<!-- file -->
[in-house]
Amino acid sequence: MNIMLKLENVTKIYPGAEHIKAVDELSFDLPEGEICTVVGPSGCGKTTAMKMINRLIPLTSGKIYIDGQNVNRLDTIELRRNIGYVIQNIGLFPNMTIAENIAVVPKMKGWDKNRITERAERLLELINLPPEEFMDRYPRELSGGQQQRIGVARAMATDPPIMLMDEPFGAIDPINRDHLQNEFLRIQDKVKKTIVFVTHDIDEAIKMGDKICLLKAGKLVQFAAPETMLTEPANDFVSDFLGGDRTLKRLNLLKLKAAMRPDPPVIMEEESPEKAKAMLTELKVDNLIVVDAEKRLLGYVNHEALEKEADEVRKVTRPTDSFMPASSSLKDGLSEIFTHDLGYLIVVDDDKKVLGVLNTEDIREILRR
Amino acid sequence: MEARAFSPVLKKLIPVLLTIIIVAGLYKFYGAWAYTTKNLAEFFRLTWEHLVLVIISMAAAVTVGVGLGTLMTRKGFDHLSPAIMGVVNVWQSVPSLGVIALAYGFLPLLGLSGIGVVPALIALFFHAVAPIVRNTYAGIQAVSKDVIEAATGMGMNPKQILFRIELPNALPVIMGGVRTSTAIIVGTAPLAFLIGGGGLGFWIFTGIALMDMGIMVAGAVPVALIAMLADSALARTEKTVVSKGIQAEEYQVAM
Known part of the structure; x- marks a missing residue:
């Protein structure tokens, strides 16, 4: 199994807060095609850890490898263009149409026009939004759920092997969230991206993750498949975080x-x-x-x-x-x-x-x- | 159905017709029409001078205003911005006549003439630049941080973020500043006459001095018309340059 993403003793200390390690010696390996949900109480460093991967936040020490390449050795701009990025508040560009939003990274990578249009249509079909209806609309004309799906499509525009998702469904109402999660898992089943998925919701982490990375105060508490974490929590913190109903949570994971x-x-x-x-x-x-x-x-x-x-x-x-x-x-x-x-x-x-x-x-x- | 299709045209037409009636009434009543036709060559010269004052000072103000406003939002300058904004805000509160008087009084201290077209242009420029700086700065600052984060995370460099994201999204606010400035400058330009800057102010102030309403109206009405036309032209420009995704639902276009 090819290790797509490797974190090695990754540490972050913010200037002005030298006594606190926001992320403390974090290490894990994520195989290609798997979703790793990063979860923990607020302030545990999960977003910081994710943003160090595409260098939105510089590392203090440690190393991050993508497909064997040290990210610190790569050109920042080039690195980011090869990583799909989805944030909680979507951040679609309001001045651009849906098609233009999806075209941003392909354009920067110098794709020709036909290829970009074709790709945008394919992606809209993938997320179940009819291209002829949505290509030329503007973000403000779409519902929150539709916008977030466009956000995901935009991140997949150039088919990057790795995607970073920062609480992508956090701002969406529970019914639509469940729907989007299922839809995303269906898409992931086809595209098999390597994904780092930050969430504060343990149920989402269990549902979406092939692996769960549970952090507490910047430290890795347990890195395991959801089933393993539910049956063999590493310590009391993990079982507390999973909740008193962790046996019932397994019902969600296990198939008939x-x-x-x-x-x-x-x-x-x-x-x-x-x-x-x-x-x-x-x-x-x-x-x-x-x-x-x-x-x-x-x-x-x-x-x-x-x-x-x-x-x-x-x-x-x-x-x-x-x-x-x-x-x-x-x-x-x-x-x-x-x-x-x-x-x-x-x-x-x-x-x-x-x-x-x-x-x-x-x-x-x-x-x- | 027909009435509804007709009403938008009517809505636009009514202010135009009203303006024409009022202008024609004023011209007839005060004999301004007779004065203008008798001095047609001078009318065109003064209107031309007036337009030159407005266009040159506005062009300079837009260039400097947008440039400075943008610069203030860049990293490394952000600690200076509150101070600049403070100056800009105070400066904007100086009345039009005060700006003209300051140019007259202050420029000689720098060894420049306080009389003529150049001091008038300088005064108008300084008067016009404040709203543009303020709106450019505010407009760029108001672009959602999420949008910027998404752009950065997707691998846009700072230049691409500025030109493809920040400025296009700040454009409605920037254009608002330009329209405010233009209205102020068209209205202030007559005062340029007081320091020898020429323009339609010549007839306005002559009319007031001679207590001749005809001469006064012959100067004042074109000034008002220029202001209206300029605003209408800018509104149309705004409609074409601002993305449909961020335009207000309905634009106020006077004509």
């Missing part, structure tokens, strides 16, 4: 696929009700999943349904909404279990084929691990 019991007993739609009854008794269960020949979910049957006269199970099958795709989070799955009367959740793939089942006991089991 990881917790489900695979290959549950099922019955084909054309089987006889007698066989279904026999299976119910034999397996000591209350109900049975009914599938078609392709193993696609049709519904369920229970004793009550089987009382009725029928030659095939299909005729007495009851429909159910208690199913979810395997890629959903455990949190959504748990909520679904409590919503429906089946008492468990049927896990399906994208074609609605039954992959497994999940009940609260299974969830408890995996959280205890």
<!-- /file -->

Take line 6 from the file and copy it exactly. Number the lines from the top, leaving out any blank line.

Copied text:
């Missing part, structure tokens, strides 16, 4: 696929009700999943349904909404279990084929691990 019991007993739609009854008794269960020949979910049957006269199970099958795709989070799955009367959740793939089942006991089991 990881917790489900695979290959549950099922019955084909054309089987006889007698066989279904026999299976119910034999397996000591209350109900049975009914599938078609392709193993696609049709519904369920229970004793009550089987009382009725029928030659095939299909005729007495009851429909159910208690199913979810395997890629959903455990949190959504748990909520679904409590919503429906089946008492468990049927896990399906994208074609609605039954992959497994999940009940609260299974969830408890995996959280205890």